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THURSDAY, March 29 (HealthDay News) -- The rate of autism spectrum disorders continues to rise among American children, with one in 88 now receiving such a diagnosis, the U.S. Centers for Disease Control and Prevention reported Thursday.
That's an increase from the one in 110 estimate released by the CDC just two years ago. The newer data, from 2008, also shows that autism is almost five times more common in boys than girls, with one in 54 boys diagnosed with the condition.
Why the steady uptick in cases? That's not entirely clear, experts said.
About half of the increase is accounted for by better diagnosis, said Mark Roithmayr, president of the national advocacy group Autism Speaks. The reasons for the rest of the increase are not known, he added.
What is known, he said, is that, "very clearly now, there is an autism epidemic in the United States." And the increase in incidence -- about a 23 percent jump every two years -- has been ongoing, he said.
Another expert expressed similar worries.
"It's concerning that there continues to be a steady increase in autism spectrum disorders," said Dr. Andrew Adesman, chief of developmental & behavioral pediatrics at the Steven & Alexandra Children's Medical Center of New York in New Hyde Park.
"This is a significant problem from a public health standpoint," he said. "There is a need for parents and clinicians to identify children with autism spectrum disorder as early as possible in the hopes that it would maximize children's developmental outcome."
Although there are some children with autism who can show significant gains there are many who don't, which highlights the long-term impact of the problem on both individuals and society, Adesman added.
The report was published Thursday in the CDC's Morbidity and Mortality Weekly Report.
According to the new CDC numbers, the rate of children being diagnosed with autism varies widely by state: From one in 210 in Alabama to one in 47 in Utah. The biggest increase in diagnoses was seen among Hispanics and blacks, according to the report.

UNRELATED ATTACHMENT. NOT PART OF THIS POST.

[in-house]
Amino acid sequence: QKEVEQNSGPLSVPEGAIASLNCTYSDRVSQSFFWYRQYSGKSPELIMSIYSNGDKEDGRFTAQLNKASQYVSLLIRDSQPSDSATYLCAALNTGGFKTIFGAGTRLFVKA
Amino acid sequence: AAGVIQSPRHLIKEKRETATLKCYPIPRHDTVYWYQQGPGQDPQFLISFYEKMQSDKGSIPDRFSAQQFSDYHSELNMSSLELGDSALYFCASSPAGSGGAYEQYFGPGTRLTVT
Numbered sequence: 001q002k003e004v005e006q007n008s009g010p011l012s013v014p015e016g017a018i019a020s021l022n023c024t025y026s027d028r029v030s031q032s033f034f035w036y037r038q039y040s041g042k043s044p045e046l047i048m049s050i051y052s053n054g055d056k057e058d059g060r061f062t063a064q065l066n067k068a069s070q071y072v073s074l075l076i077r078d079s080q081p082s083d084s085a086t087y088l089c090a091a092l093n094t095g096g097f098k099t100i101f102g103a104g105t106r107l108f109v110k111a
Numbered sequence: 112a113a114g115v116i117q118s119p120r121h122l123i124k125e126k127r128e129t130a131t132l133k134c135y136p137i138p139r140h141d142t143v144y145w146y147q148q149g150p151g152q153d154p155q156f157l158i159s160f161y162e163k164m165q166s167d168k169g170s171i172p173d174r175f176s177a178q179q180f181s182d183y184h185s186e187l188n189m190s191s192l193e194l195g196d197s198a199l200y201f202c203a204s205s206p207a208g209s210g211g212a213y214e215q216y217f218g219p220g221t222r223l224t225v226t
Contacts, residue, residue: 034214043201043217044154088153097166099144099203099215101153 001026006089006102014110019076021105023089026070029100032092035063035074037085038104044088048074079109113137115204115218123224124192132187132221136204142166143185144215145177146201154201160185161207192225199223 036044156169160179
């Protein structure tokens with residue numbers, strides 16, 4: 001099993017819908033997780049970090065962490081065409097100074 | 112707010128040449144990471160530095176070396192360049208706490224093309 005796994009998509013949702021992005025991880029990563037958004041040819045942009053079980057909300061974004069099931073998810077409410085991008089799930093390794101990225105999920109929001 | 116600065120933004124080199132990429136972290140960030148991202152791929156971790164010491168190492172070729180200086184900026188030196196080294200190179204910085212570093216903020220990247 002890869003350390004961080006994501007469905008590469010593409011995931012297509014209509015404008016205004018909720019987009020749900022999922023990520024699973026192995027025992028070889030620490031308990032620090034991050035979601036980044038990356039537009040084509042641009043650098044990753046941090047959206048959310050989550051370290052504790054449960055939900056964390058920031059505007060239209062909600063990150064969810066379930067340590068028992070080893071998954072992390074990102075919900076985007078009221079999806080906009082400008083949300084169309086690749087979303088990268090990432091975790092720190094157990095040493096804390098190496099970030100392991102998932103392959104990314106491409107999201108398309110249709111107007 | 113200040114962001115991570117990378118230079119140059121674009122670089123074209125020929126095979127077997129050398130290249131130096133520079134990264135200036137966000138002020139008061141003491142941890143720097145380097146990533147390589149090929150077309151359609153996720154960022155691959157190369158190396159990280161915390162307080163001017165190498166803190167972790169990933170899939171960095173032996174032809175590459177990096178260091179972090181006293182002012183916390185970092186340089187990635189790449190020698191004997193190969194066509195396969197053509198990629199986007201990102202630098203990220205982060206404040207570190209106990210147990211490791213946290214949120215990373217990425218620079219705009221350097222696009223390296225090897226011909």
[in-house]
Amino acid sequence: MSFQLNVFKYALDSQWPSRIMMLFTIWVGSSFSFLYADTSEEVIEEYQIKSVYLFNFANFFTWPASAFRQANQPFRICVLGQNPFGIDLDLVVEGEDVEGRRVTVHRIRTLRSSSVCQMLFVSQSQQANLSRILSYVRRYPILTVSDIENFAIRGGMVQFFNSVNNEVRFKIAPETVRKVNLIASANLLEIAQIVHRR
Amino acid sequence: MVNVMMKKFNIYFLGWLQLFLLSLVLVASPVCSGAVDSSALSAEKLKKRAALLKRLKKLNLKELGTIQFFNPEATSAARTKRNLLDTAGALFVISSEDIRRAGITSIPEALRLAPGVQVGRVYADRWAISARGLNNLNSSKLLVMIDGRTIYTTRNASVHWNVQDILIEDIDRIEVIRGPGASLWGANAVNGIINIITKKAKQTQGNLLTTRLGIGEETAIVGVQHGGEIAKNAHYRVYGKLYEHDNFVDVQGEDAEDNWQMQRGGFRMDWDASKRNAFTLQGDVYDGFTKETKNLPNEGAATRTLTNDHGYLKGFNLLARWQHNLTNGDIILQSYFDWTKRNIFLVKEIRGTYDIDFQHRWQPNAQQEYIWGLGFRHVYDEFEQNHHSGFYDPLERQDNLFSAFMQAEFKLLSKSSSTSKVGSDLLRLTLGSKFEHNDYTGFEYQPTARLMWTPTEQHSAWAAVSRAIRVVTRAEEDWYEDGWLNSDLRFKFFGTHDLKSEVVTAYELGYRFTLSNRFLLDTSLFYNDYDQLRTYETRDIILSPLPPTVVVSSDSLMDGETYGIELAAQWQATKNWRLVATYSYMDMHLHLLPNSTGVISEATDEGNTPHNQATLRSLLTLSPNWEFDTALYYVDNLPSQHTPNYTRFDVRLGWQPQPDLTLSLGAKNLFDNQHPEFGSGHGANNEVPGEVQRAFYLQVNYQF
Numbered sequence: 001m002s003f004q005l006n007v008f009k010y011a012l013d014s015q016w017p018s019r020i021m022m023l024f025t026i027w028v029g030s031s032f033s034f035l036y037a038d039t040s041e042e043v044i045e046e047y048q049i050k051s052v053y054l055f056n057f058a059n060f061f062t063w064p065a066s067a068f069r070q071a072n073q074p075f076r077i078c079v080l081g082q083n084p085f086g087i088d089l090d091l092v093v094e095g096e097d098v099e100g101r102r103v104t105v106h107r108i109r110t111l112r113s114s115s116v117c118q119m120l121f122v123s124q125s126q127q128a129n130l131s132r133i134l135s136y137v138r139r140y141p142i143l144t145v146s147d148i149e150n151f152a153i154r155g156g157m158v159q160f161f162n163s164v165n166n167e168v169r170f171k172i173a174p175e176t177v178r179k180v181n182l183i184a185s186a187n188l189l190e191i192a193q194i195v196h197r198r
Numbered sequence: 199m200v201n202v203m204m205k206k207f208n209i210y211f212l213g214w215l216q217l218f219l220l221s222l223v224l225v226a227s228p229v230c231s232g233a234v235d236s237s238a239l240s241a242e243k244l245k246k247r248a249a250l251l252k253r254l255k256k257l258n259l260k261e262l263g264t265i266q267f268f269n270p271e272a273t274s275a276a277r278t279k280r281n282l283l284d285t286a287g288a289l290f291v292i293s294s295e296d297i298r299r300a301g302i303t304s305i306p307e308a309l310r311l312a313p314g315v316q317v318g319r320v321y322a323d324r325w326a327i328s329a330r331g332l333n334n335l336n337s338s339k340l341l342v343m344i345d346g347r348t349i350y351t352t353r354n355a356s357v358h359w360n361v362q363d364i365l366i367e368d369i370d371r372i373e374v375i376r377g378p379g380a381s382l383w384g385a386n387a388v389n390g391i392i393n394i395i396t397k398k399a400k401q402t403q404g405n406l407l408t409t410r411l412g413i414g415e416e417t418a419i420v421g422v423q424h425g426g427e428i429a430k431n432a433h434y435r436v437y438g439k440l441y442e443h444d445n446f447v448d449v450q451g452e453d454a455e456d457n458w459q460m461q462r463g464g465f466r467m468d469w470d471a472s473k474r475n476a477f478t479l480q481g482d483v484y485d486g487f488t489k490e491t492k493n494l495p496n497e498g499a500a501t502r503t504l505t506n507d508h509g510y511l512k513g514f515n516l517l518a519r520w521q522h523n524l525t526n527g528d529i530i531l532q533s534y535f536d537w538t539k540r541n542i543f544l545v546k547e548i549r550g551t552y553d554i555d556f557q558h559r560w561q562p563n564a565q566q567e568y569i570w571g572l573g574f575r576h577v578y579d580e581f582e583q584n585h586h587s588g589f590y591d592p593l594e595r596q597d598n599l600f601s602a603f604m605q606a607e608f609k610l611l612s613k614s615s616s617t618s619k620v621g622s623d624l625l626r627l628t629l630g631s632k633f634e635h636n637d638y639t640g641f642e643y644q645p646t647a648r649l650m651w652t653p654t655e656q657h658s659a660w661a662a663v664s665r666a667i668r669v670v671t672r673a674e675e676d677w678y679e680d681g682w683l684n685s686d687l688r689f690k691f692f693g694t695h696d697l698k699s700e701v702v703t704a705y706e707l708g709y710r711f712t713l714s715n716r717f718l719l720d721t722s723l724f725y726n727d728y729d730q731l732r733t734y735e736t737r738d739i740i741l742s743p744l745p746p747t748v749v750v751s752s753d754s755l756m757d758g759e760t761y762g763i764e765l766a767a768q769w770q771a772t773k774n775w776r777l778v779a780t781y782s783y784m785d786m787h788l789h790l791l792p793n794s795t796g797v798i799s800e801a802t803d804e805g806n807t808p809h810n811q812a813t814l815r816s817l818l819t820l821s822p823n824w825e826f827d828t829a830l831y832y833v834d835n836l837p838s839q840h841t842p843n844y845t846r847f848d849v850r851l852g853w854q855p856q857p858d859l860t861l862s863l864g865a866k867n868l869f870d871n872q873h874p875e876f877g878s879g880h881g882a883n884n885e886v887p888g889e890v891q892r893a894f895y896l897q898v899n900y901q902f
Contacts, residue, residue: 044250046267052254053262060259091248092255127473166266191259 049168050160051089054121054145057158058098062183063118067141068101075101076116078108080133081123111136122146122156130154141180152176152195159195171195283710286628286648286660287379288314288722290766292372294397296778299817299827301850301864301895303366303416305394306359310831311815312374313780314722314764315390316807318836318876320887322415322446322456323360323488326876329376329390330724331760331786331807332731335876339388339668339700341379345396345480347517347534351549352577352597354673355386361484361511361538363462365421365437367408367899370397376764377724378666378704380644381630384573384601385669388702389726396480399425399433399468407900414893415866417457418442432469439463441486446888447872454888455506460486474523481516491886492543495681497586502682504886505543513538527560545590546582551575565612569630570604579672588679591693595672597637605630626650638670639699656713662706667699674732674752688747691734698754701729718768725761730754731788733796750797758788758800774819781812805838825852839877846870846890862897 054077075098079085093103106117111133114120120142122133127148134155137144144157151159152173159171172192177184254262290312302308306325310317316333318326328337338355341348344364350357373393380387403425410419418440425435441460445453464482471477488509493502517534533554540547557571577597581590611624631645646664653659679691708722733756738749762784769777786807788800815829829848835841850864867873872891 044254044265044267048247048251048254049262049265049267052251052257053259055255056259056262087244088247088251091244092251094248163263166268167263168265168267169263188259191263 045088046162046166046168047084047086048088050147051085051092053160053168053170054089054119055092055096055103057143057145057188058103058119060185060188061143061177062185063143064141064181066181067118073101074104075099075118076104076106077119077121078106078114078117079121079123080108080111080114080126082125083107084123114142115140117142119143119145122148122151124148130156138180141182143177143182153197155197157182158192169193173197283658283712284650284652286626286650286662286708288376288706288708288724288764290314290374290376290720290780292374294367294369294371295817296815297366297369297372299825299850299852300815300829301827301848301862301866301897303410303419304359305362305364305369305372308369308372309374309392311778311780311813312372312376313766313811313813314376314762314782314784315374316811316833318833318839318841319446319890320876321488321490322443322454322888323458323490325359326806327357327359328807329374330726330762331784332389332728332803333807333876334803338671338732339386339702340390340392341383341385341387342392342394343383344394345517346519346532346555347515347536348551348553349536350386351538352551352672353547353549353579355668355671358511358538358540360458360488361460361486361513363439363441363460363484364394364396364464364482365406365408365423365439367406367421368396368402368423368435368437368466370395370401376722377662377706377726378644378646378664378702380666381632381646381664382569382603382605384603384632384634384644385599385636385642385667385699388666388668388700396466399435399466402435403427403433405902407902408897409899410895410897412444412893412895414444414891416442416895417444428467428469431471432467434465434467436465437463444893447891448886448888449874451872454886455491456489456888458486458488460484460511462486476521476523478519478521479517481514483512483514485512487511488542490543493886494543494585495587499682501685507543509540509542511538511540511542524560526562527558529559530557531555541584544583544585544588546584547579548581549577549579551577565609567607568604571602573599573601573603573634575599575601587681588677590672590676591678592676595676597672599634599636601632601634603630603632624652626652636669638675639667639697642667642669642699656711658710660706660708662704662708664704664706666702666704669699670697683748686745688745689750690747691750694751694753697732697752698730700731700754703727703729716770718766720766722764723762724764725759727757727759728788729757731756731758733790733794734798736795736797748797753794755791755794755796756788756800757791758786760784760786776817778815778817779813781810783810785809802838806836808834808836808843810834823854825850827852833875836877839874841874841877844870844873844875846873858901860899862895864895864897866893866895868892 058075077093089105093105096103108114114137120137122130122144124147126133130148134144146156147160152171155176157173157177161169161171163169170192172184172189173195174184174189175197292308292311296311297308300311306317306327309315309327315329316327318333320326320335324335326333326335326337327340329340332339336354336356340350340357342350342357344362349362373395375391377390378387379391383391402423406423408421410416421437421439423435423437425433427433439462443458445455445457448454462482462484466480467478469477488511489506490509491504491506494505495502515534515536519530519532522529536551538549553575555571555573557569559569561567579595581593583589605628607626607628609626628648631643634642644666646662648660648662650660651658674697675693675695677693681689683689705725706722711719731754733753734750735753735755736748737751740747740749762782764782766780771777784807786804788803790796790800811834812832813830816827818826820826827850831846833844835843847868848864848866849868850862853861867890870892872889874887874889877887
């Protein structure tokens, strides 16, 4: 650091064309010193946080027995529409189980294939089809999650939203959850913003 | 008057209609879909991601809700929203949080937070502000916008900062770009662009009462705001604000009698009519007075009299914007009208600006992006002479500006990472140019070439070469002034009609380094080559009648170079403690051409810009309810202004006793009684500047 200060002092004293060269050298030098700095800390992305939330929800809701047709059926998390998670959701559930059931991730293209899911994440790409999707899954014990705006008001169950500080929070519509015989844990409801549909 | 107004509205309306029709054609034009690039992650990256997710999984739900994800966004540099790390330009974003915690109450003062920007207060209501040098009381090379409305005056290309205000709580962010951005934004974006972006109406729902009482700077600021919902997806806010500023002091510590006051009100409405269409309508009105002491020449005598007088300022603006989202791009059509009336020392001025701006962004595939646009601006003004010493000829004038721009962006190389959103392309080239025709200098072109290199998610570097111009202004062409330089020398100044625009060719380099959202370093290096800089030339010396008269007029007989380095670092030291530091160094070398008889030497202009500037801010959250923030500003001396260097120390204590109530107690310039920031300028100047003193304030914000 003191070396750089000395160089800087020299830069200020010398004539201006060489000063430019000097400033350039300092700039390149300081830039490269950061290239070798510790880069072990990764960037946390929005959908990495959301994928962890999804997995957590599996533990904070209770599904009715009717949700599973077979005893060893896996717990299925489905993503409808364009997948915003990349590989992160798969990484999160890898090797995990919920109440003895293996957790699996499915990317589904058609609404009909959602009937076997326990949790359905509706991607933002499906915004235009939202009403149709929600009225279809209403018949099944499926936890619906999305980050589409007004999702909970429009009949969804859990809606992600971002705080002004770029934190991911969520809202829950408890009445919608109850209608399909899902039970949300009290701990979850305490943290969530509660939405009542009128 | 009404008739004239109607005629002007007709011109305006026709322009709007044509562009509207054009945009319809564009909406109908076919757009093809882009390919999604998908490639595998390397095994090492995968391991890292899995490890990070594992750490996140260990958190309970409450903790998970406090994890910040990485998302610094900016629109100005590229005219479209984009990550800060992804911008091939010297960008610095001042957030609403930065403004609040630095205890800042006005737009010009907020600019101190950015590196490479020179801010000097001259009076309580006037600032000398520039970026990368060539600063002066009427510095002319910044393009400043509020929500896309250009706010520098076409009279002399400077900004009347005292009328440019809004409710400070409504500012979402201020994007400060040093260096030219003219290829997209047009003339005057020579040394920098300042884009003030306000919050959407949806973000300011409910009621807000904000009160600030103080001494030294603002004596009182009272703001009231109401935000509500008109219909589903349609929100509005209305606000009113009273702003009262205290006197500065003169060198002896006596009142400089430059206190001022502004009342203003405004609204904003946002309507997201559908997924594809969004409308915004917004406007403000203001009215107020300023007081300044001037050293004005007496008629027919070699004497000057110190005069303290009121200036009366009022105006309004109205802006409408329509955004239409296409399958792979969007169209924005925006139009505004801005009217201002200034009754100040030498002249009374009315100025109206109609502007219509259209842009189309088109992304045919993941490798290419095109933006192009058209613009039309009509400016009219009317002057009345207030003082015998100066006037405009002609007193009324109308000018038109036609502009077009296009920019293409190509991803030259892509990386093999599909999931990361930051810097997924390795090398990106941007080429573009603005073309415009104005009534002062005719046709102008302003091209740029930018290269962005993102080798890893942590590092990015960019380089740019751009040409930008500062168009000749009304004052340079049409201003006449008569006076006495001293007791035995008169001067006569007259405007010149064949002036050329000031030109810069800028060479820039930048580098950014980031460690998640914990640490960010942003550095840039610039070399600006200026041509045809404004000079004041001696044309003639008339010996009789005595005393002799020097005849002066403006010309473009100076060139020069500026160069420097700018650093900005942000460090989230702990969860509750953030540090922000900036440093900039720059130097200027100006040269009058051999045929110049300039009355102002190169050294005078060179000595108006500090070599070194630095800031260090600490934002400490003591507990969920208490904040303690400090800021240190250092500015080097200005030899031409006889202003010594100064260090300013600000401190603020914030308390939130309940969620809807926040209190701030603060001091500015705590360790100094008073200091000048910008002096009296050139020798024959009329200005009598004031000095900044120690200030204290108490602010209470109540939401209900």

The data show that about 11 in every 1,000 8-year-old children have now been diagnosed with autism, a 23 percent increase since the last report in 2009.
One hopeful sign: there are more early diagnoses, which can aid in treatment, experts noted. The CDC said that more children are now being diagnosed by the age of 3. Among children born in 1994, just 12 percent of cases were being diagnosed by that age, but for children born in 2000 that number increased to 18 percent.
Of course, the severity of an autism spectrum disorder can vary depending on the child. About 9 percent of those with autism are what is called "high-functioning," about 44 percent have the most serious form of the condition and 47 percent have various milder forms of autism, Roithmayr noted.
He added that there is a panel, set up by the American Psychiatric Association, that is currently looking at changing the definition of autism. Such a change could affect these numbers and will be included in the next edition of the Diagnostic and Statistical Manual of Mental Disorders, the "bible" of psychological disorders used by psychiatrists worldwide.
Shrinking the definition of autism is bound to meet with controversy, however. "It is imperative that DSM5 not exclude anyone on the spectrum," Roithmayr said. "If it does, we are going on a big offensive."
Autism has other costs, too. According to Autism Speaks, the financial burden related to autism has tripled over the past six years. Based on these new numbers, the group estimated that the annual price tag for autism in the United States will reach $137 billion, he said. "This is a national emergency," Roithmayr said, and he believes insurance companies must do more to help parents shoulder the cost of caring for a child affected by autism.
All of this points to the need for more funding for research on the genetic and environmental causes of autism, he added.
The CDC said parents need to act fast if they are worried about their child's development, and discuss their concerns with their doctor and school.
Looking for the Warning Signs of Autism
According to Dr. Rebecca Landa, director of the Center for Autism and Related Disorders at the Kennedy Krieger Institute in Baltimore, signs of concern include:
- Child rarely smiles when approached by caregivers.
- Rarely imitates sounds and movements others make.
- Delayed or infrequent babbling.
- Doesn't consistently respond to his or her name.
- Doesn't gesture by 10 months.
- Shows poor eye contact.
- Doesn't seeks attention often.
- Stiffens arms, hands or legs, or has unusual body movements like rotating the hands on the wrists, uncommon postures or other repetitive behaviors.
- Doesn't not reach toward you when you reach to pick him or her up.
- Delays in motor development, including delayed rolling over, pushing up and crawling.
For more information on autism, visit the U.S. Centers for Disease Control and Prevention.